Carignan was brought to Chile from Argentina after the massive earthquake of Chillán in 1939 to blend with Pais grapes that were heavily impacted, but haven’t been heard of much since. Suddenly it is being rediscovered.
A four day tour of Uruguayan wine country, small though it is, still barely scratches the surface and leaves one wanting more – be it somewhere new, or more of the same, the wines, people and culture are wonderfully addictive.
In November of last year one of the wine industry’s most venerable magazines, the Quarterly Wine Review, ceased publication. Wine, says owner Richard Elia, has lost its romance. The charm, the characters, the gentle hedonism, the mischievous sparkle; all have been losing ground at a devastating rate to marketing and point systems. In many ways he is right, from huge companies whose product just happens to be wine, to raging consumerism and out of control bandwagons, things can look a little bleak from a certain angle. A recent YouTube video shows a sommelier vigorously molesting his glass of wine (his glass in this case being a convenient lab beaker…) with a hand-held electric blender so as to better and more quickly aerate his fine aged wine. This is the face of the apocalypse, I thought; I rent my clothes, rubbed ash in my hair and spent a week wandering around in sackcloth.
Michael Evans was a political consultant working with John Kerry and Rock the Vote, then went on vacation to Mendoza, Argentina in 2004. A year later, with co-founder Pablo Gimenez, he began Vines of Mendoza, a wine entrepreneurship program in the Uco Valley where owners, with help from Argentina’s most acclaimed viticulturalist Santiago Achaval, learn winemaking and create their own superior quality wine. In a few short years the project has grown to encompass a wine club, online wine store, tasting room in Mendoza, and soon a resort and spa.
A postcard available at Corchos, a small, classy wine bistro in the old quarter of Montevideo depicts a personification of a Tannat grape, Uruguay’s flagship varietal. He is short and … robust… North American of girth and his face sunburned to a deep shade of British tourist. He snarls a challenge over a stubby hand-rolled cigarette and his eyes back it up; try me, they say; see these spurs on my boots, they say; that’s right, they say; I’m no Pinot Noir mo#% *f#$!!@.
And for the longest time he got the arms-length respect he demanded in his native Madiran, a small area in the Gascon region of France. Generally blended with Cabernet Sauvignon and Cabernet Franc to make Madiran appellation wines (a wine must contain at least 40% Tannat to classify) or made as a single varietal, wines with Tannat are relatively simple and rustic and usually stored for many years before consumption is even considered.
I tend to travel home with lots of bottles. Rum, pisco, Cachaça, wine, etc. When I’m in Mendoza in particular, I tend to be stretching the limit of my legally allowed alcohol allowance. Also, considering if you are not buying from Duty Free and if you have a connecting flight in the United States, wine cannot be transported in your hand luggage. It has to be packed. Although I’ve never had a bottle brake in transit, I know it is coming.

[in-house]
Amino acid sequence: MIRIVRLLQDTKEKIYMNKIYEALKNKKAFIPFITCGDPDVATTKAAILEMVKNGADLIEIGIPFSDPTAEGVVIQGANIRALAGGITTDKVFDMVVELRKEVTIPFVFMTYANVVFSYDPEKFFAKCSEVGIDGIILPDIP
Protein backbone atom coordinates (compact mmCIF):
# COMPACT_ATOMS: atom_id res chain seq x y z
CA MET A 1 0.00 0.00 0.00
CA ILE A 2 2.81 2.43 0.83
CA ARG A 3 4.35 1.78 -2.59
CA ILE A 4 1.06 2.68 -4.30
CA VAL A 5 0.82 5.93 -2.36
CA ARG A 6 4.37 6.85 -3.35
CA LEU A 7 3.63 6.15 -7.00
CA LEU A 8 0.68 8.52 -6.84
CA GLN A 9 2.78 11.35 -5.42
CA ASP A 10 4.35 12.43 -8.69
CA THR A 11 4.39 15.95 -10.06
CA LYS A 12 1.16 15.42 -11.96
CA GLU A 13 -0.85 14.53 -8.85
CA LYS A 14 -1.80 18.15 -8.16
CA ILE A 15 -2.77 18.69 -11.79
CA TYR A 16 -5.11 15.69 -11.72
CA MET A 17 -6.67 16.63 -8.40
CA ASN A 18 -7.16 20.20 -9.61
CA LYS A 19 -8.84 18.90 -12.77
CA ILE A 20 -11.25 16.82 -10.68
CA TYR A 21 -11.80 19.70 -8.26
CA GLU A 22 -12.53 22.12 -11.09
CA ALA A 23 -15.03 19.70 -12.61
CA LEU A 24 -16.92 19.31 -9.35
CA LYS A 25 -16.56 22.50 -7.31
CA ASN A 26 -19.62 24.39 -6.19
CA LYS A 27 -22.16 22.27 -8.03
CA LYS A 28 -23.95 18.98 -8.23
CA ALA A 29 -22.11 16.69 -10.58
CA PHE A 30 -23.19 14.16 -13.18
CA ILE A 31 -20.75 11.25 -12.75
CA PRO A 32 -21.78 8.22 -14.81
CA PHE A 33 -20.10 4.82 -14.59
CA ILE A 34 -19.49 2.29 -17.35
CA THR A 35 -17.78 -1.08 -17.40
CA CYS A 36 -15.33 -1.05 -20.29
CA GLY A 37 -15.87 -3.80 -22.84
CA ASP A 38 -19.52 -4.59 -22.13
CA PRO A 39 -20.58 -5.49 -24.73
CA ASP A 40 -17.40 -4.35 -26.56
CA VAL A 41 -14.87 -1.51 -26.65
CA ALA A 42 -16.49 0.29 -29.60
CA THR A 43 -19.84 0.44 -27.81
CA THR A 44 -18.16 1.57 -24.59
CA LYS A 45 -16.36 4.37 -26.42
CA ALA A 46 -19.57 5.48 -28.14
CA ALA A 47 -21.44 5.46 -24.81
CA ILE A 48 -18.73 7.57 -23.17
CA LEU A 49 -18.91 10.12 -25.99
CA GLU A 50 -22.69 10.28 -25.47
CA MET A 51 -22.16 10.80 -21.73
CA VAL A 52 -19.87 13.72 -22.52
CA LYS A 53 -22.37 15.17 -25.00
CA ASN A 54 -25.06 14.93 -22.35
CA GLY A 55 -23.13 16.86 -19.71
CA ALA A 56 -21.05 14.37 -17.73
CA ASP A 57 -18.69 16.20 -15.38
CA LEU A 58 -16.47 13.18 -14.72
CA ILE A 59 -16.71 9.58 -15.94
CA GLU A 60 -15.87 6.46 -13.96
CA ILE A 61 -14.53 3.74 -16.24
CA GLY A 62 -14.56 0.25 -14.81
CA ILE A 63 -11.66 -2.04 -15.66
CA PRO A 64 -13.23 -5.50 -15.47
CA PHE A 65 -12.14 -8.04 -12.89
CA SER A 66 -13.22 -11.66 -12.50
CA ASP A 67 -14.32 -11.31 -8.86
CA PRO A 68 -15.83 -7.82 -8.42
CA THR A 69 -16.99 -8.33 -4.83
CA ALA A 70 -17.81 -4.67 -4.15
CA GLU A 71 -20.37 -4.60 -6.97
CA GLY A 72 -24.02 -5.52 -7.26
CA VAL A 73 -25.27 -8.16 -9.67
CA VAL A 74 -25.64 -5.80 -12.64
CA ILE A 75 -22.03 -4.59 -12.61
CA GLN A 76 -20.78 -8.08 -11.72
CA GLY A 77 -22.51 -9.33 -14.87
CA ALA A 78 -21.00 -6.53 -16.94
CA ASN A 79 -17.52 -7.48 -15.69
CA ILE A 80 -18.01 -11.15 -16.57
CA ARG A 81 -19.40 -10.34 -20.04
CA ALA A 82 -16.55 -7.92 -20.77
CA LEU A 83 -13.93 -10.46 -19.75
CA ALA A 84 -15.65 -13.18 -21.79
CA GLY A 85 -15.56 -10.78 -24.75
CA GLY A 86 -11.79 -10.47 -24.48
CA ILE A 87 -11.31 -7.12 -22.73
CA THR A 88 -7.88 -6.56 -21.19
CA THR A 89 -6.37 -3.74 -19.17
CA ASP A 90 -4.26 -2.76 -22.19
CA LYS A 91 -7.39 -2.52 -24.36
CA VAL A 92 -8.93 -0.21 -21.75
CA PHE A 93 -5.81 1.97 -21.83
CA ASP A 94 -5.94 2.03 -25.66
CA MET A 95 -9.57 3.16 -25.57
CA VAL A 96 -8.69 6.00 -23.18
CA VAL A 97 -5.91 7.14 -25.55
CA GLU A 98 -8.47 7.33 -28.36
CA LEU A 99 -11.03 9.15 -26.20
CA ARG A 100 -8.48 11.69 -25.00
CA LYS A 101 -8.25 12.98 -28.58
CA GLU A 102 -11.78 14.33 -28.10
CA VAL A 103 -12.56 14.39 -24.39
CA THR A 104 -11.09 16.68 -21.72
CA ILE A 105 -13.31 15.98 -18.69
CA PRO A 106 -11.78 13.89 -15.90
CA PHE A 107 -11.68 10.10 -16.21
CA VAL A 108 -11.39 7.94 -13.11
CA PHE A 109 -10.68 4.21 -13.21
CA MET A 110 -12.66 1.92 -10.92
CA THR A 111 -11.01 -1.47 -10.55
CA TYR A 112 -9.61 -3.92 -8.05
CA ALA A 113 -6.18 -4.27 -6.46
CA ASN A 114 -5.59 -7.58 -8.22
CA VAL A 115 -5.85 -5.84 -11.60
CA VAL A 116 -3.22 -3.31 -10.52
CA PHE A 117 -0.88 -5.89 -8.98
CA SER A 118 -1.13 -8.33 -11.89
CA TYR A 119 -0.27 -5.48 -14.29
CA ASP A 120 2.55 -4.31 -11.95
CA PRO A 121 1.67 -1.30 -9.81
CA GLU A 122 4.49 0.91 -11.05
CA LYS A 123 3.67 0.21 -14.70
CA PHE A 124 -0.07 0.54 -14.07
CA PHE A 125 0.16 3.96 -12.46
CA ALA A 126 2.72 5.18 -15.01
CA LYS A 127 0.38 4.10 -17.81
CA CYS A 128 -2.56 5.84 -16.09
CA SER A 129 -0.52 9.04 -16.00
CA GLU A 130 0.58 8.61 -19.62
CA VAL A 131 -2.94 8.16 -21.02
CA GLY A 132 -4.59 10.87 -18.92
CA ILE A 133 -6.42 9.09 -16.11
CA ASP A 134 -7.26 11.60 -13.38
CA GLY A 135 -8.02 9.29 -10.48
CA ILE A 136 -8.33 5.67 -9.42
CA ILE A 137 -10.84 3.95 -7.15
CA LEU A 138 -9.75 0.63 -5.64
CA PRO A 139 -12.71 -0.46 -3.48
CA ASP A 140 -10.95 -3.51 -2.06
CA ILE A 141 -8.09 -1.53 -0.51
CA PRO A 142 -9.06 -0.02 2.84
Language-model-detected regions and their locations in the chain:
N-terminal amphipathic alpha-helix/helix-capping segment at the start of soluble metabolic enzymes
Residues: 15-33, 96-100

Intipalka, produced in the Peruvian pisco heartland in of the region of Ica, manages to accomplish something that rarely occurs with Peruvian wine: not be spit out. Sure Tacama has put out a few alright wines, mostly their reserves, but nothing that could ever rival an average (lets not get carried away here) vino from Argentina or Chile. This wine isn’t half bad. Drinkable even. It proves Peru has the grape growing potential that extends beyond pisco.
Aesthetically, I have come to appreciate O. Fournier maybe more than any other winery in Mendoza. The dramatic architecture, cutting edge technology, glass enclosed restaurant, and art filled wine cellar have made the bodega here one of the most recognizable in Mendoza. During a visit to their Uco Valley winery in 2010 I found the team there to be surprisingly down to earth and approachable. Co-founder Jose Manuel and his wife Nadia Haron, the executive chef, were out chatting with the guests. Their daughter helped wait tables. This combination of elements all becomes reflected in the wine they produce.
I have never been to Salta, but torrontés might change that. The white grape, which I first tasted in Mendoza last year, has quickly become my favorite white. It’s the one wine I pair with almost anything now: sushi, cheese, paté, duck, grilled shrimp, and even fish tacos. It serves as a cleanser and can calm down your palate with spicy Asian and Latin foods. On a sunny day, a chilled glass of torrontés – with its hints of grapefruit, elderflower, and apricot – is as smooth and refreshing as any wine I’ve ever had. It’s the same feeling as cracking open a frosty cold beer after an exhausting day.
n Torrontés, from Argentina (Wines of The Times) the New York Times proclaims that torrontés, one of Argentina’s other blossoming white wines (another is viognier) has begun to take the United States by storm. In 2004, less than 30,00 cases of torrontés were exported to the U.S. In 2010, that number ballooned to 231,000 cases, the Times reports via Wines of Argentina.